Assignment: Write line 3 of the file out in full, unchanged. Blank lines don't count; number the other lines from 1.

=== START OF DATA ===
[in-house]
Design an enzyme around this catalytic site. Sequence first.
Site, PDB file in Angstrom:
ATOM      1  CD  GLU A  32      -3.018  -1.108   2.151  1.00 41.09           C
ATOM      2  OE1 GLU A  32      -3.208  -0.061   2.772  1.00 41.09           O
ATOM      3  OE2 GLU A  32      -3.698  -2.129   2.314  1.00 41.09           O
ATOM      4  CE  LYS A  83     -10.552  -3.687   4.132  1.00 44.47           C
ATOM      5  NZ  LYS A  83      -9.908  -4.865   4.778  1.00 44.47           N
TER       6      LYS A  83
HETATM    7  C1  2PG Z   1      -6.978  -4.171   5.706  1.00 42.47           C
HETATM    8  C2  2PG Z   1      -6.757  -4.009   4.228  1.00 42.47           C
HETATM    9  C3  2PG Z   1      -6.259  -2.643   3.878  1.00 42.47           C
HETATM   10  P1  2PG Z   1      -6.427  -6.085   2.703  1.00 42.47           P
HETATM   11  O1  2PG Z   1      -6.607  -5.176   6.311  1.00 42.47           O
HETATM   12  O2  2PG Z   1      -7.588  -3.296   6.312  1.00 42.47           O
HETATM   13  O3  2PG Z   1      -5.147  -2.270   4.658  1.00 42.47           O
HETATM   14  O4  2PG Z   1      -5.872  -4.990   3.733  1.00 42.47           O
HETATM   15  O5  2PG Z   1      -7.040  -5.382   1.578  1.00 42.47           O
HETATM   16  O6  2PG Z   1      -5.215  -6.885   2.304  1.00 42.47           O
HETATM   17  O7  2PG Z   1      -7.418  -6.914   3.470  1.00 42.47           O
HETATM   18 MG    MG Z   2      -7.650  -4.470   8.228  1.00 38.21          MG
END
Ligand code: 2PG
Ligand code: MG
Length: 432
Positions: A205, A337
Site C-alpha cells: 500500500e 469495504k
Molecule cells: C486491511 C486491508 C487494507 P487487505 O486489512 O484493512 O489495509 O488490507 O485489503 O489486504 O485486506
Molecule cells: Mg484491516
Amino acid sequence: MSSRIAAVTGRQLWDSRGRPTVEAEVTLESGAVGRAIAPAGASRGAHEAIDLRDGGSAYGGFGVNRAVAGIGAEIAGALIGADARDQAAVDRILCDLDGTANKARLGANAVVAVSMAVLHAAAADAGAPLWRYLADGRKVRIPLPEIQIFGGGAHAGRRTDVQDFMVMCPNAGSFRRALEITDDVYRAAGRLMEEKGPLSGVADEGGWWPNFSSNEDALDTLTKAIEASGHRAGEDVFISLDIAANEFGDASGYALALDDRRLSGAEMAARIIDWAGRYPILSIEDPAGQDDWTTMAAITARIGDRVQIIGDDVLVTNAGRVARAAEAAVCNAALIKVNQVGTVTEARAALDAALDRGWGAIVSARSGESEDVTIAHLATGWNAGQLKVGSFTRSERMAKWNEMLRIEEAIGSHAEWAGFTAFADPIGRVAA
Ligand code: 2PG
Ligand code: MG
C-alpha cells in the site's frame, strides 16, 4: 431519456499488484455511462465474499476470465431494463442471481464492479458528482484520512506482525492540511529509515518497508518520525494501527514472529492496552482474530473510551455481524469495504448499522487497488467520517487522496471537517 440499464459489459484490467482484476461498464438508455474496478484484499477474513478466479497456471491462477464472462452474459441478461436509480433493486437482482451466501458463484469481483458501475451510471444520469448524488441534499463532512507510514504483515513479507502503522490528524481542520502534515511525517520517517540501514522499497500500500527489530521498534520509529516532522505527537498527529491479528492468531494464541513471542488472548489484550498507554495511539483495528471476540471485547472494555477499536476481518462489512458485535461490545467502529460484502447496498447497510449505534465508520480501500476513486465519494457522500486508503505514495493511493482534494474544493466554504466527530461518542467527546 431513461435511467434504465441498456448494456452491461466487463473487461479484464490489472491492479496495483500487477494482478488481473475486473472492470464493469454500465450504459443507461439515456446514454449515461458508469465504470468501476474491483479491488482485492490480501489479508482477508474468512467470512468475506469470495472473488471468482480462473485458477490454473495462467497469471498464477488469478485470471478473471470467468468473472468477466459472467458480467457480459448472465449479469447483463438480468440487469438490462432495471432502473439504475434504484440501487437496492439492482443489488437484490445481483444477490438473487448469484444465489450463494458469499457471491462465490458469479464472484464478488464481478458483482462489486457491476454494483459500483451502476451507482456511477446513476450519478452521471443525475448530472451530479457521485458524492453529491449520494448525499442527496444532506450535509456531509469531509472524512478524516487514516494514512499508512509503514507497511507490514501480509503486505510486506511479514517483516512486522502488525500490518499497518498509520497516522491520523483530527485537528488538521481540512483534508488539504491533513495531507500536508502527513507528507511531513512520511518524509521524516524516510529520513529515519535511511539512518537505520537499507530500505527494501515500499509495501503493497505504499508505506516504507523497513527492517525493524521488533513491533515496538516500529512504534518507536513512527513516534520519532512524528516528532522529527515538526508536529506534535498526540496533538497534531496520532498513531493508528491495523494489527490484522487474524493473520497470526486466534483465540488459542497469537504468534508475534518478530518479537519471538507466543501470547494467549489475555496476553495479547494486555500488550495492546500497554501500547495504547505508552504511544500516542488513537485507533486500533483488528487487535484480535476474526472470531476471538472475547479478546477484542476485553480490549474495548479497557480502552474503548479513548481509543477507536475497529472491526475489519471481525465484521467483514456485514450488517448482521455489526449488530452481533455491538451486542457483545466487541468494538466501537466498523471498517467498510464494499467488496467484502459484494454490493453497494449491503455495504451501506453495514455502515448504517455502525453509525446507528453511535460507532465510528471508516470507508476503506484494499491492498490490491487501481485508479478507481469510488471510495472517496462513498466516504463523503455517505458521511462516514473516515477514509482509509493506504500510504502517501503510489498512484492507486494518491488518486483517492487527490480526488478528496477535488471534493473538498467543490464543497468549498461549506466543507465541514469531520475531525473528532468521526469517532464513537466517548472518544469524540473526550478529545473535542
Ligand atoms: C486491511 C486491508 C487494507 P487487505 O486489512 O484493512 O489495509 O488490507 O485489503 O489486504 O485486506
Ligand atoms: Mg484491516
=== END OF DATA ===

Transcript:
Site, PDB file in Angstrom: